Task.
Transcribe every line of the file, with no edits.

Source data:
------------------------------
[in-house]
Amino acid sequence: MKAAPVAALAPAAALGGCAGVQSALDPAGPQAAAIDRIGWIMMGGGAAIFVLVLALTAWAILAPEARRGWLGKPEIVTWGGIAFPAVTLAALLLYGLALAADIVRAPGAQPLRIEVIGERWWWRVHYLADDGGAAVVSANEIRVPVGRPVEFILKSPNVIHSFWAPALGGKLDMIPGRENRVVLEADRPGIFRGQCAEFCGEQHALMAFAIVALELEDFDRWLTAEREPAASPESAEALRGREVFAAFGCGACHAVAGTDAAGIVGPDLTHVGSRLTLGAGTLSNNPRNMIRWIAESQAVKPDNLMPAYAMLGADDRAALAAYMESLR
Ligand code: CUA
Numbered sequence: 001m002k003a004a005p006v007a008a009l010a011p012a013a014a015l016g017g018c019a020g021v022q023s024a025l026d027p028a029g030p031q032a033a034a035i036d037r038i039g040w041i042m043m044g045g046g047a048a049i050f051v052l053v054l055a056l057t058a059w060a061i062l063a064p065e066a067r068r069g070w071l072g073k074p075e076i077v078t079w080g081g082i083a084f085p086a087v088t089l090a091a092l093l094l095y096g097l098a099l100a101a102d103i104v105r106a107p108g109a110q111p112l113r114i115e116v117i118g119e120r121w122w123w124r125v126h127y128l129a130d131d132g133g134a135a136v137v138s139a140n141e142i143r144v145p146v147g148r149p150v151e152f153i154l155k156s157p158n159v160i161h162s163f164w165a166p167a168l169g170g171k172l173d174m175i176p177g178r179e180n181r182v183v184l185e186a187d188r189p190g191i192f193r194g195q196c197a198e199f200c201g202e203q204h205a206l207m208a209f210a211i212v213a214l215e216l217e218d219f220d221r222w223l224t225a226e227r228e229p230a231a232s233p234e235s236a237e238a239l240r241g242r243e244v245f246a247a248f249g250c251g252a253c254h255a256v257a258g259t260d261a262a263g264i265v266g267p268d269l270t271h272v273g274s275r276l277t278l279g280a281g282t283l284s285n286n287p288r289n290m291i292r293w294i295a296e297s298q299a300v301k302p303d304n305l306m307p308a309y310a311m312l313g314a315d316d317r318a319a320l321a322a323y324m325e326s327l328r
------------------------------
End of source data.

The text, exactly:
[in-house]
Amino acid sequence: MKAAPVAALAPAAALGGCAGVQSALDPAGPQAAAIDRIGWIMMGGGAAIFVLVLALTAWAILAPEARRGWLGKPEIVTWGGIAFPAVTLAALLLYGLALAADIVRAPGAQPLRIEVIGERWWWRVHYLADDGGAAVVSANEIRVPVGRPVEFILKSPNVIHSFWAPALGGKLDMIPGRENRVVLEADRPGIFRGQCAEFCGEQHALMAFAIVALELEDFDRWLTAEREPAASPESAEALRGREVFAAFGCGACHAVAGTDAAGIVGPDLTHVGSRLTLGAGTLSNNPRNMIRWIAESQAVKPDNLMPAYAMLGADDRAALAAYMESLR
Ligand code: CUA
Numbered sequence: 001m002k003a004a005p006v007a008a009l010a011p012a013a014a015l016g017g018c019a020g021v022q023s024a025l026d027p028a029g030p031q032a033a034a035i036d037r038i039g040w041i042m043m044g045g046g047a048a049i050f051v052l053v054l055a056l057t058a059w060a061i062l063a064p065e066a067r068r069g070w071l072g073k074p075e076i077v078t079w080g081g082i083a084f085p086a087v088t089l090a091a092l093l094l095y096g097l098a099l100a101a102d103i104v105r106a107p108g109a110q111p112l113r114i115e116v117i118g119e120r121w122w123w124r125v126h127y128l129a130d131d132g133g134a135a136v137v138s139a140n141e142i143r144v145p146v147g148r149p150v151e152f153i154l155k156s157p158n159v160i161h162s163f164w165a166p167a168l169g170g171k172l173d174m175i176p177g178r179e180n181r182v183v184l185e186a187d188r189p190g191i192f193r194g195q196c197a198e199f200c201g202e203q204h205a206l207m208a209f210a211i212v213a214l215e216l217e218d219f220d221r222w223l224t225a226e227r228e229p230a231a232s233p234e235s236a237e238a239l240r241g242r243e244v245f246a247a248f249g250c251g252a253c254h255a256v257a258g259t260d261a262a263g264i265v266g267p268d269l270t271h272v273g274s275r276l277t278l279g280a281g282t283l284s285n286n287p288r289n290m291i292r293w294i295a296e297s298q299a300v301k302p303d304n305l306m307p308a309y310a311m312l313g314a315d316d317r318a319a320l321a322a323y324m325e326s327l328r